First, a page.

Looking back on the past two weeks, one might think triple-A arb cashflow HY- bond CDOs in the 1999 vintage appear under siege by the rating agencies: at least 11 tranches across seven transactions saw their triple-A wings clipped between Jan.28 and Feb. 7, 2002.

If that wasn't bad enough, 16 tranches of mostly 1999-2000 vintage CDOs, spanning seven deals, had triple-A tranches put on negative watch lists.

"The frightening thing is that there are dozens of CDOs with double-digit default buckets and swelling amounts of triple-C bonds that the rating agencies have not gotten around to taking action on," commented one trader. The trader added that he refuses to buy subordinate triple-A CDOs. Of the seven deals with triple-A downgrades, all were transactions in the 1999-2000 vintage, with one exception.

Although some may claim "a triple-A is a triple-A," this is not the case when the tranche is subordinate in a CDO cashflow waterfall. According to bankers, Standard & Poor's takes a harsh view on subordinate triple-As, since the agency rates to the first- dollar loss. Hence, this is why these triple-As frequently price close to double-A rated CDO tranches.

The start of February saw two eye-popping, nine-notch drops from triple-A down to triple-B minus on four Bear Stearns underwritten sub tranches. S&P hit two subordinate tranches on the South Street CBO 1999-1 Ltd: Class A-2L and A-2, ranked pari passu.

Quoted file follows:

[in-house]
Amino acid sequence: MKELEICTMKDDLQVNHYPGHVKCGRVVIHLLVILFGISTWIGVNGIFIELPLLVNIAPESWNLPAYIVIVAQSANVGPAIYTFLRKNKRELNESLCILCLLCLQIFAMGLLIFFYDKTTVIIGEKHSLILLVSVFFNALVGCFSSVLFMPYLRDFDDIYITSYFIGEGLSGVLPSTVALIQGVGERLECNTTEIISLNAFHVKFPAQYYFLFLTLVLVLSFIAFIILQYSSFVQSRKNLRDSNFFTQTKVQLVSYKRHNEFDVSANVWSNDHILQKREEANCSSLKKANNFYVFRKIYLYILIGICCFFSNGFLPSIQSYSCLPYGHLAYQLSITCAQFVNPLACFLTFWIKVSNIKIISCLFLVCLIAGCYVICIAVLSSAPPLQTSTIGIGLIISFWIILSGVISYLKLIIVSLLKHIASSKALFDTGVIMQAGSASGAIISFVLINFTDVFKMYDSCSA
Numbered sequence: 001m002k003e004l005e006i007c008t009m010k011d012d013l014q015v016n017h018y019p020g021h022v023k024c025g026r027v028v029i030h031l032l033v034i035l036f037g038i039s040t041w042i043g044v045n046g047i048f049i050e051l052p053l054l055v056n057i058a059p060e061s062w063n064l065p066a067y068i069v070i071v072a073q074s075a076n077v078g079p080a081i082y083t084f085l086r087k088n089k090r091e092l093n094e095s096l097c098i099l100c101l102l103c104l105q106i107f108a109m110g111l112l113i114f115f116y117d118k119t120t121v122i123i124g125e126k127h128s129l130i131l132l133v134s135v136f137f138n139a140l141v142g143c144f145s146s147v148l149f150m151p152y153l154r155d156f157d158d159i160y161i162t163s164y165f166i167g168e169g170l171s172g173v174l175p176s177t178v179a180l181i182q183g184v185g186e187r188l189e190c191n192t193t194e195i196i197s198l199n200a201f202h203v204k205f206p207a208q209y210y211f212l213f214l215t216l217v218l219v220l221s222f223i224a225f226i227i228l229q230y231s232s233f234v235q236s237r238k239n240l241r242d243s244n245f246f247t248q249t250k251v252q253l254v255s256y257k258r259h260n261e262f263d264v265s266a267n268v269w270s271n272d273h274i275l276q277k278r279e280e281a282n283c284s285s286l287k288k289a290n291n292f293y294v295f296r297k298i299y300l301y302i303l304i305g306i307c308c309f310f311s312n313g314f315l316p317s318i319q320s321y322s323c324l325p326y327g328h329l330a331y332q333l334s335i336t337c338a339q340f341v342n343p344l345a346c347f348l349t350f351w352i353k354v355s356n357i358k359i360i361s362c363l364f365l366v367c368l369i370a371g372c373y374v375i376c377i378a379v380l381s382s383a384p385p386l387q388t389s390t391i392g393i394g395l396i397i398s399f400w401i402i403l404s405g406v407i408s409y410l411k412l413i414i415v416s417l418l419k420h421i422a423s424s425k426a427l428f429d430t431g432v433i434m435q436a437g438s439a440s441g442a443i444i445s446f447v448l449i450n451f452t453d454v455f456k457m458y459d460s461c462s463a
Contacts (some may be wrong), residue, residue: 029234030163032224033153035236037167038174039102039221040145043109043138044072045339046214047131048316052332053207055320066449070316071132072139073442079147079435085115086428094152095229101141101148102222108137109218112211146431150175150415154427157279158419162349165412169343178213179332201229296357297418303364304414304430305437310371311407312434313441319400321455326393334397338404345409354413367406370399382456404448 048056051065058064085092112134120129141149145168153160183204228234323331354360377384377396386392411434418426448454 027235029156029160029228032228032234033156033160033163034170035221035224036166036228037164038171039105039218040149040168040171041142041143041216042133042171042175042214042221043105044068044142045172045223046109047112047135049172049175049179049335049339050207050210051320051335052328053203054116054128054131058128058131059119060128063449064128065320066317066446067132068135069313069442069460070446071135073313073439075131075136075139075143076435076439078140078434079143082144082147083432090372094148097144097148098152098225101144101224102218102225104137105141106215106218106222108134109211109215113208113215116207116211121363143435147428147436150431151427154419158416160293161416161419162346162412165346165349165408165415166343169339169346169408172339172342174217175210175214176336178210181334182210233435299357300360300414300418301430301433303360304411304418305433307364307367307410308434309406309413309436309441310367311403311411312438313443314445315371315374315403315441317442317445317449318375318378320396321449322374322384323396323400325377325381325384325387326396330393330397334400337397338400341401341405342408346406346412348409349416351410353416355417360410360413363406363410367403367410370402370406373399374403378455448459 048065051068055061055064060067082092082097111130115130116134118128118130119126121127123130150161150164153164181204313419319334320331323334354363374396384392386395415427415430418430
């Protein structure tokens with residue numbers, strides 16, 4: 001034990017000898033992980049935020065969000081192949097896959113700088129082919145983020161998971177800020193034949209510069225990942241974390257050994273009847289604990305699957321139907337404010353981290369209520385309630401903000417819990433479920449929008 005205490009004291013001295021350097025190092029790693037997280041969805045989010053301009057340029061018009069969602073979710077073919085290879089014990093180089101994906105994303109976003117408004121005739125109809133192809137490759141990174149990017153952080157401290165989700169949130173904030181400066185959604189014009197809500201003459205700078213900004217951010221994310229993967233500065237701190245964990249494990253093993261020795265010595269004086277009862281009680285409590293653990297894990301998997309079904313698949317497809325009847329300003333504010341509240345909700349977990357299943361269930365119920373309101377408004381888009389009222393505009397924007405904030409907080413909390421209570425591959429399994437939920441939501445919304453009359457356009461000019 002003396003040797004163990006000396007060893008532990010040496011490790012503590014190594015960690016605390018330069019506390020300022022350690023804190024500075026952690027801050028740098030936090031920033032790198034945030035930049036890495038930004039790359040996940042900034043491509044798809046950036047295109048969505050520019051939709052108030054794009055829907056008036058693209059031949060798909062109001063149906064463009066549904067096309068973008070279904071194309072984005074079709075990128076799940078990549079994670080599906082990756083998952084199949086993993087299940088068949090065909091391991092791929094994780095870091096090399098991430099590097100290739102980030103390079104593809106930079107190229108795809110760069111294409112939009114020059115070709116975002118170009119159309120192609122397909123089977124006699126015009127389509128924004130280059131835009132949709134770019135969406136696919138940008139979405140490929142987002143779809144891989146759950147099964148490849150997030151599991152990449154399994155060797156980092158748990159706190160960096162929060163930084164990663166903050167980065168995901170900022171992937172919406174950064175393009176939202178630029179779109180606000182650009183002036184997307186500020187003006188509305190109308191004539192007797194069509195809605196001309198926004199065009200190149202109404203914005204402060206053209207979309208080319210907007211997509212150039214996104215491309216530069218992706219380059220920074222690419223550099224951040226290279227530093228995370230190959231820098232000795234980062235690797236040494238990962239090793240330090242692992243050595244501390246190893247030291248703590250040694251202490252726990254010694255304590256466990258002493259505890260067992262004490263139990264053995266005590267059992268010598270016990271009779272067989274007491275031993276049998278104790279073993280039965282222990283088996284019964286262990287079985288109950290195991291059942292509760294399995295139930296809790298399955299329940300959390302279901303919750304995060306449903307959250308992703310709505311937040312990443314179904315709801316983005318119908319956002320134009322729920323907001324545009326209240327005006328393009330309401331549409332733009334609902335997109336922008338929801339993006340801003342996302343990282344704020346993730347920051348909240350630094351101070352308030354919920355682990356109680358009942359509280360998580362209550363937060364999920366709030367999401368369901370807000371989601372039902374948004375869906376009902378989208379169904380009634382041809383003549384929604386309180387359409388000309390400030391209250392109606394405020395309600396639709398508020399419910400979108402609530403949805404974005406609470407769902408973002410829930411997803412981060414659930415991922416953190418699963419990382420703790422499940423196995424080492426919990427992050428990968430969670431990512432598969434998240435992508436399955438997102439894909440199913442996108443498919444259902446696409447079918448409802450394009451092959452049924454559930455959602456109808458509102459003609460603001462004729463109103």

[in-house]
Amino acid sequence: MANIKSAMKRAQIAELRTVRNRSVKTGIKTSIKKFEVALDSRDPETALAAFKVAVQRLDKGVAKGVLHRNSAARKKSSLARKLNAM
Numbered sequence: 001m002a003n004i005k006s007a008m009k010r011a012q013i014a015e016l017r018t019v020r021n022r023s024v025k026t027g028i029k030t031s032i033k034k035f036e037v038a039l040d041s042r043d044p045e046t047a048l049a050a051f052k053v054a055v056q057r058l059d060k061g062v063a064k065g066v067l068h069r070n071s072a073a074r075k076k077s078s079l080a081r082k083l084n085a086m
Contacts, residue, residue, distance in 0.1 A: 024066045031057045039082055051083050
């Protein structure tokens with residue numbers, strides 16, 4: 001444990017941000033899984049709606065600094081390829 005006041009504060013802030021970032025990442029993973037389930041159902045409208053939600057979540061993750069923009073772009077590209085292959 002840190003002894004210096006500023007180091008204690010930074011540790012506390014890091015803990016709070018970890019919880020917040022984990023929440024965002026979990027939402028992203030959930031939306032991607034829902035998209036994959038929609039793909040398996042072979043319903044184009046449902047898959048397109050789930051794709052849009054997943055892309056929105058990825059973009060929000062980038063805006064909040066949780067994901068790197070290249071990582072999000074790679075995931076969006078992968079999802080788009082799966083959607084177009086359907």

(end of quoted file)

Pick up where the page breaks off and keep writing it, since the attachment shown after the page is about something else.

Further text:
As of the Jan. 17, 2002 South Street's trustee report showed 12.4% of the collateral pool in default.

Additionally, Fitch Ratings kicked two subordinate triple-A tranches of the CHYPS CBO 1997-1 Ltd. down to triple-B minus.

But where there's volatility there's opportunity, and dealers note a strong bid for distressed triple-A paper. Also, some sophisticated investors are seeing good value in distressed CDO paper at all levels of the capital structure.

For example, a U.S. investor purchased a block of triple-B cashflow notes of a severely wounded 2001 static pool, synthetic investment-grade CDO with a modeling assumption of a 40% total return, using a 0.0% default rate on the investment. The 2001 vintage deal, currently PIKing (payment-in-kind), had the misfortune of having Enron and Swiss Air help wipe out the entire equity tranche and part of the triple-Bs.

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